An Overdue Correction, Not A Bear Market | Trust Point
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An overdue correction, not a bear market.

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Updated February 7, 2018

Trust Point

We are proud of Trust Point’s century of service reputation of excellence. But, our approach and purpose has always been focused on the future. Not just our own company’s future - but, more importantly, our client’s futures.

Equity markets have a tendency to take the stairs up but the elevator down. In other words, market corrections tend to be more violent and unsettling than market advances.

As of Tuesday’s close (2/6/18), major market indices had sold off by about 6% from their recent highs.

The recent correction in markets has created some unsettling headlines.  However, it is important to put things in perspective.

From a volatility standpoint, it had been quiet, too quiet!  The biggest correction in the S&P 500 last  year was not even 3%. In fact, 2017 was the least volatile year for U.S. equity markets since 1928. A 6% correction is not unusual and should be expected at least once per year. Since 1980, the average intra-year drop from peak to through has been around 14% (see chart below).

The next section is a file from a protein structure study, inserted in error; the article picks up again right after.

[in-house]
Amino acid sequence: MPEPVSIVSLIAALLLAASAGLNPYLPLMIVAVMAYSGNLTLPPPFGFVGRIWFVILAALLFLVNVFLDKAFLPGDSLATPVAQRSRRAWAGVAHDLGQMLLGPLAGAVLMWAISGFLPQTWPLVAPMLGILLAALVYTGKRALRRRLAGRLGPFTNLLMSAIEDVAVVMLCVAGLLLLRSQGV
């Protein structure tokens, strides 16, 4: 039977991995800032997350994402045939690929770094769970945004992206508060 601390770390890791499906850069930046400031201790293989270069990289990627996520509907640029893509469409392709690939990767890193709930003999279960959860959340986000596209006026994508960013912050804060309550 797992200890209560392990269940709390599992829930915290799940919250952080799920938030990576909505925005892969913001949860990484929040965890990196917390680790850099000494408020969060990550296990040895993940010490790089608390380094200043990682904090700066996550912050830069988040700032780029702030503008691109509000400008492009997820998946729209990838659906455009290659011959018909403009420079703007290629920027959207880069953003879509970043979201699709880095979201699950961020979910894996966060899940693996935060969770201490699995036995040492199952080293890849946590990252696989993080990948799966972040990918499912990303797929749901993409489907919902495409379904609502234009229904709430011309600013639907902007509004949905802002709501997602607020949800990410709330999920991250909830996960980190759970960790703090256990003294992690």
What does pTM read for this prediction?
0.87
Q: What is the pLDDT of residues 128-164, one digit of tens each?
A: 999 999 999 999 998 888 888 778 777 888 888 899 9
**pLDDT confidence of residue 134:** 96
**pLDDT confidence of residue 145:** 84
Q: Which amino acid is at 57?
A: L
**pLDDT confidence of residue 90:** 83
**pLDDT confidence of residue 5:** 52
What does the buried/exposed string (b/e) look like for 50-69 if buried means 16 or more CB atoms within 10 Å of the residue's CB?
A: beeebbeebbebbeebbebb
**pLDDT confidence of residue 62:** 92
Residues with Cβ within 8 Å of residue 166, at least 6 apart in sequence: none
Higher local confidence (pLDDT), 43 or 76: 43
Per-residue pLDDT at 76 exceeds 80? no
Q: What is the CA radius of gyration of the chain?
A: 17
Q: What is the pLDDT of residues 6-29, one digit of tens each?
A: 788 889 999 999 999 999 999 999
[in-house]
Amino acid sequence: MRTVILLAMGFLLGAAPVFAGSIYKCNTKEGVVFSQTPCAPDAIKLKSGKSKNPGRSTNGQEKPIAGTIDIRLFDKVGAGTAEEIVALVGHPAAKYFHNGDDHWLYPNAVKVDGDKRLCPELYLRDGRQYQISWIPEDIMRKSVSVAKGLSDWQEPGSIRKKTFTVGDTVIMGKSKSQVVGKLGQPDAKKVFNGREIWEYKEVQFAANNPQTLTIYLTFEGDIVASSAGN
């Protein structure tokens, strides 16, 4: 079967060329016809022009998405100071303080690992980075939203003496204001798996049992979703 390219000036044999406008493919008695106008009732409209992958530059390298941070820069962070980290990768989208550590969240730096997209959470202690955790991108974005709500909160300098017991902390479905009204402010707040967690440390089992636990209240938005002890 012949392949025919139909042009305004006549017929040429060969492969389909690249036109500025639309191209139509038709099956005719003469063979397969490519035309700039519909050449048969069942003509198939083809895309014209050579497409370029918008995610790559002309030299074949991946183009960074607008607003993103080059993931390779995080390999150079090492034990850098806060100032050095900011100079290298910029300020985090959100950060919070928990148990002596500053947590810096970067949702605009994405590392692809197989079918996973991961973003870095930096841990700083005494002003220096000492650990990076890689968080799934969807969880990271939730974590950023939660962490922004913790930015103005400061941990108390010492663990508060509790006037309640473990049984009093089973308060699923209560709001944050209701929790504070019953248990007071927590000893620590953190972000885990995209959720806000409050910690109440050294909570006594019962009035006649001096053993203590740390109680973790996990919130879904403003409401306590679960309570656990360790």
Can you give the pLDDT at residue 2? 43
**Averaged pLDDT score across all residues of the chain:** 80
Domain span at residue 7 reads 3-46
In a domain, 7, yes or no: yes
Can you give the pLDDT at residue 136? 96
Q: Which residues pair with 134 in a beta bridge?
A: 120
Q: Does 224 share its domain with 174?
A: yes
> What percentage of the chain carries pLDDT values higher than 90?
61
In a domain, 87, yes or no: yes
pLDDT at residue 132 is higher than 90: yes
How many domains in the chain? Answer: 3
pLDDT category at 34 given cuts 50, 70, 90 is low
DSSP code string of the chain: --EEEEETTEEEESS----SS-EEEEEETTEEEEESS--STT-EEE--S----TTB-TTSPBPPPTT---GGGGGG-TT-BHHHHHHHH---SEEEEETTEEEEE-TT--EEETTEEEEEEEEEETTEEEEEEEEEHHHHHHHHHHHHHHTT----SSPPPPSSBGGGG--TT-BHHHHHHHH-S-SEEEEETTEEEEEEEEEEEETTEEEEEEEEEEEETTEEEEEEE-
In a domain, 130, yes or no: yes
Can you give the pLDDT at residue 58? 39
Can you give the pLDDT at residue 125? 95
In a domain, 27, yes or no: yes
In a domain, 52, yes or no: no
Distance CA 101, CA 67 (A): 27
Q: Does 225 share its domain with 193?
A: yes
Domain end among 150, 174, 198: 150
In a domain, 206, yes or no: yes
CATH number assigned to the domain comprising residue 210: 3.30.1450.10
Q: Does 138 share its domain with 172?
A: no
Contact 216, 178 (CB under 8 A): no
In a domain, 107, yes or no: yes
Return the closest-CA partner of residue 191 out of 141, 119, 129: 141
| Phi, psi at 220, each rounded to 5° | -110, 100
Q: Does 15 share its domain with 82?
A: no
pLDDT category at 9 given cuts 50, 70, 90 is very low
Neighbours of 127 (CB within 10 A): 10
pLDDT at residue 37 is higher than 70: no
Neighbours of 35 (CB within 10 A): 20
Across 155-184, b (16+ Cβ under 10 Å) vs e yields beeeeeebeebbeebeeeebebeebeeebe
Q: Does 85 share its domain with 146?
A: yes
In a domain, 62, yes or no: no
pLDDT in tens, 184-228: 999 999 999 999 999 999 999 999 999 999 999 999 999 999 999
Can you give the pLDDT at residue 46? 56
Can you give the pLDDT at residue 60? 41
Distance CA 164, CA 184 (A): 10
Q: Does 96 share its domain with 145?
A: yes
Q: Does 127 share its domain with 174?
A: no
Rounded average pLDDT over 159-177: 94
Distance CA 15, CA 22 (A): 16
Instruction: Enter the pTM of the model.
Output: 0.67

Annual Returns and Intra-year declines

From a return standpoint, the recent market correction has almost wiped out all of the gains made in the first few weeks of the year but the high double-digit gains of 2017 still remain.

As a rule of thumb, it is important to remember that over the short-term, traders drive stocks. Over the medium to long-term however, investors drive stocks. Investors care about business cycles and the fundamental conditions that drive economies, profits and interest rates. In that regard, the fundamentals remain exceptionally strong and the near-term chances of a recession are still very low.

 In periods of heightened volatility, we like to remind our clients that:

  • Volatility doesn’t prevent someone’s ability to achieve long-term financial goals.
  • Declines in markets are healthy. They create opportunities and allow value to be restored which attracts new  buyers.
  • Adding to risk (as opposed to taking risk off the table) when markets are down has proven to pay off over time. The chart below is a perfect example of this.

ARe you an opportunistic or apprehensive investor? Bear market vs. Natural correction

We are very thankful for the trust and confidence you have in us.

 

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Trust Point

We are proud of Trust Point’s century of service reputation of excellence. But, our approach and purpose has always been focused on the future. Not just our own company’s future - but, more importantly, our client’s futures.